I kept hearing the words “Welcome, valued customer” ringing in my ears. The computer at Kroger’s self checkout says this every time I scan my Kroger loyalty card when buying groceries. I was sitting in a roomful of over a 100 other Kroger “valued customers” who had come to hear a proposed concept to install a “fuel center” across Nottingham Drive from the Kroger. The corporate spokesperson from Atlanta told us that so many customers had expressed a wish for a fuel center at this store that it was decided it might be a good idea and they have a property under contract they think would be just the ticket.
The problem is the proposed location is about as context-insensitive as it could possibly be. It is in a historic residential neighborhood. It is, in fact, the entrance to the North Highlands neighborhood. Building such a facility at this site would devastate the fragile residential nature of this struggling-to-rebound area. In addition to the land use problem, increased traffic, increased noise, increased pollution and an increased likelihood of crime would all, one would think, have stopped such an idea from advancing beyond a quick glance at the reality on the ground.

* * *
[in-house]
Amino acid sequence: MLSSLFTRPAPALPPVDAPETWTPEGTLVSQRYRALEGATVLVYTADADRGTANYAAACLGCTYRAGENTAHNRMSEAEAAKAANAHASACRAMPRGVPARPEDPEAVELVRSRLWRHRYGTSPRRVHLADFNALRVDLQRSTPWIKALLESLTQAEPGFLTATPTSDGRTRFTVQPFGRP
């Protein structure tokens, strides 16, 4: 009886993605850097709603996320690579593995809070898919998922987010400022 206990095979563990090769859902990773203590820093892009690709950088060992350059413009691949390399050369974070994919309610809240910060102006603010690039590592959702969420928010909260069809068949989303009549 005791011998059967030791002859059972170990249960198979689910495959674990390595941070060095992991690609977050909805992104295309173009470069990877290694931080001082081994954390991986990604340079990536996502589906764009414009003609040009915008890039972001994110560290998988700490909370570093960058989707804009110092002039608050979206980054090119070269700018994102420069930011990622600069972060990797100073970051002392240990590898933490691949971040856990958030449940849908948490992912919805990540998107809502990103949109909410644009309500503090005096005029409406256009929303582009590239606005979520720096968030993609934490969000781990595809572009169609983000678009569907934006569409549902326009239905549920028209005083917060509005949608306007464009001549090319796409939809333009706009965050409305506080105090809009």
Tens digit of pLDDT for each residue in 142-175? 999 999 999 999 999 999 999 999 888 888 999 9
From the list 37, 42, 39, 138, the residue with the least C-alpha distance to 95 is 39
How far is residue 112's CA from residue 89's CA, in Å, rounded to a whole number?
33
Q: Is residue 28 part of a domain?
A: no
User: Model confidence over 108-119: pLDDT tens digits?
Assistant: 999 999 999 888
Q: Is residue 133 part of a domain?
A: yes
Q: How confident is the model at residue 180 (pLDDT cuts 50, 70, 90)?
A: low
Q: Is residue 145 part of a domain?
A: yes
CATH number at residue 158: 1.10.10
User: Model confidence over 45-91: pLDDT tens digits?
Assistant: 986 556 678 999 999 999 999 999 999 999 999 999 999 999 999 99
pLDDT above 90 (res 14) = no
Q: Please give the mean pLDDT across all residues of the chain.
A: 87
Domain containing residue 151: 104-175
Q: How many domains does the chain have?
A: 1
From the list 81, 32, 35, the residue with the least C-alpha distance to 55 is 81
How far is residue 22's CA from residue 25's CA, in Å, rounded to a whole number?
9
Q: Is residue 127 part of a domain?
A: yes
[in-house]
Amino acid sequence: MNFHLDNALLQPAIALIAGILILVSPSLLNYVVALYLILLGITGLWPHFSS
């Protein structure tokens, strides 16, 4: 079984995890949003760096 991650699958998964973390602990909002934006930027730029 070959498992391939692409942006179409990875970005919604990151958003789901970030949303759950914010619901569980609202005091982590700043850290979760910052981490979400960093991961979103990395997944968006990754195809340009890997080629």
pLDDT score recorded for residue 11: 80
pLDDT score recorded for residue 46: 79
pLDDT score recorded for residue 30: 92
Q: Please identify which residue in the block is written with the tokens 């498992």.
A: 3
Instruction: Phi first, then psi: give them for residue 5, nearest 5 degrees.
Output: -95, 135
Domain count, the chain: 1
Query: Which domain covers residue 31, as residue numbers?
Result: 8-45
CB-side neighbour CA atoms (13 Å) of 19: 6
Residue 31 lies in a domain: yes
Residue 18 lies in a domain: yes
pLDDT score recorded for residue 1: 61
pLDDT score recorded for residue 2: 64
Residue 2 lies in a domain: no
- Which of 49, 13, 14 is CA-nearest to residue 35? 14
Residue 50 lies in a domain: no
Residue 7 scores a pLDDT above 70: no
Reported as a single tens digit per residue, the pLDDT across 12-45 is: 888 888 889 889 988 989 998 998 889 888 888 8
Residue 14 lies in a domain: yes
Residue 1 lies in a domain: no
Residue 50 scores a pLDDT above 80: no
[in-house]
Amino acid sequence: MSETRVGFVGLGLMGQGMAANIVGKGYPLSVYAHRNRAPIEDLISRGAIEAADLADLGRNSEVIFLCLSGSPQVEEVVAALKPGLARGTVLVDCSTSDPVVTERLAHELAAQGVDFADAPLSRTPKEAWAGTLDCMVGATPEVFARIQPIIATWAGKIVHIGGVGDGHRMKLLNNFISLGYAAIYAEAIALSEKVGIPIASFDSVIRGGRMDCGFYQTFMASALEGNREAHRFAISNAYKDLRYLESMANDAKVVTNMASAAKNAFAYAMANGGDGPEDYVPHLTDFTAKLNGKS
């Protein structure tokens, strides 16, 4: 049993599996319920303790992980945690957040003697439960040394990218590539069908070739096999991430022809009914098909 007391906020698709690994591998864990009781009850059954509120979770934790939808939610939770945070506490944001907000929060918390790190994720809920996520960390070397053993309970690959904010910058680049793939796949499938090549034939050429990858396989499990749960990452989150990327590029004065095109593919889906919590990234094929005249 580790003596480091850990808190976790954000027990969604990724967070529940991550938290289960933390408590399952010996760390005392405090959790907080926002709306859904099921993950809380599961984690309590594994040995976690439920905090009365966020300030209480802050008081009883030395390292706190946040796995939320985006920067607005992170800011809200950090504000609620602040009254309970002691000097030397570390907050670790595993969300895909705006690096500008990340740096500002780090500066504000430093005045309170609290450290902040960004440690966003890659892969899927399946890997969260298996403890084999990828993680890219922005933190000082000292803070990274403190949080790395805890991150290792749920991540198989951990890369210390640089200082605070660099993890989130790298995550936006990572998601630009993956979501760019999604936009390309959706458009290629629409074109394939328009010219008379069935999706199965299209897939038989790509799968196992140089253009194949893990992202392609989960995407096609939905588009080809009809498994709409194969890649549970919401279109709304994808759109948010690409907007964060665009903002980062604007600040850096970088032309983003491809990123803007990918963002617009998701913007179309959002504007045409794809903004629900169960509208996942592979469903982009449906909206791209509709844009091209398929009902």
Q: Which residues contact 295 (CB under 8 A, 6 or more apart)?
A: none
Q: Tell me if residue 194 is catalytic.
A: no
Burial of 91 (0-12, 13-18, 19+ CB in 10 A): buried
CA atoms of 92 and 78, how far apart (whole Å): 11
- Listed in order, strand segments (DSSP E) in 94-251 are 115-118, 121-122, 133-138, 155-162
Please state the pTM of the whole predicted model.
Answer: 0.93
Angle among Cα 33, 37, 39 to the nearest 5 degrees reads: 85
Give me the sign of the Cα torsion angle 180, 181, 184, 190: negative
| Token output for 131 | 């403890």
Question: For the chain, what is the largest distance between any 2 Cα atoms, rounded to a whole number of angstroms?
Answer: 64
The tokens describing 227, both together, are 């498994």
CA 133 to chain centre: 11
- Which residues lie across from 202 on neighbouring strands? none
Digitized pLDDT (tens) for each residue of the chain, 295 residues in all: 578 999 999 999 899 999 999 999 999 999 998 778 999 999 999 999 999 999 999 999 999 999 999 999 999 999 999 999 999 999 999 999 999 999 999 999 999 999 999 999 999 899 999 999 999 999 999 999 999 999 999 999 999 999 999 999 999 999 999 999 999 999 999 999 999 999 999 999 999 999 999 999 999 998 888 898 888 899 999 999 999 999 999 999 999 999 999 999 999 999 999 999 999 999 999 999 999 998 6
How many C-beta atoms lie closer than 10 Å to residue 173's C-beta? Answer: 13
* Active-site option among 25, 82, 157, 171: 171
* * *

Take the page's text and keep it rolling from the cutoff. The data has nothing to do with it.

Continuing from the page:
The engineer/designer of the fuel center, also from Atlanta, was not at the meeting to answer the simple question repeated over and over, in one manner or another, by the neighbors; “What were you thinking?” That is the problem when a facility like this is contemplated by those who are only looking at revenue projections and don’t have a handle on the reality of the local situation. Now, the store’s “valued customers” are being vexed and scared by the possibilities of falling property values, nightmare traffic problems and an unwelcome commercial intrusion into their charming residential neighborhood.
The Kroger development representative said she was there to get feedback from the community. She got it, loud and clear. Not one person at the meeting, who were all neighbors and loyal Kroger customers, was in favor of this ill-conceived location. If the store really values its customers, as well as the community it serves, it will withdraw this site as a possibility for this fuel center and not pursue the Planning and Zoning’s rezoning process that will only prove to be upsetting and acrimonious to its valued customers and neighbors. Kroger has a reputation as a responsible civic player. It needs to listen to its customers, be a good neighbor and do the right thing.
-- James H. Webb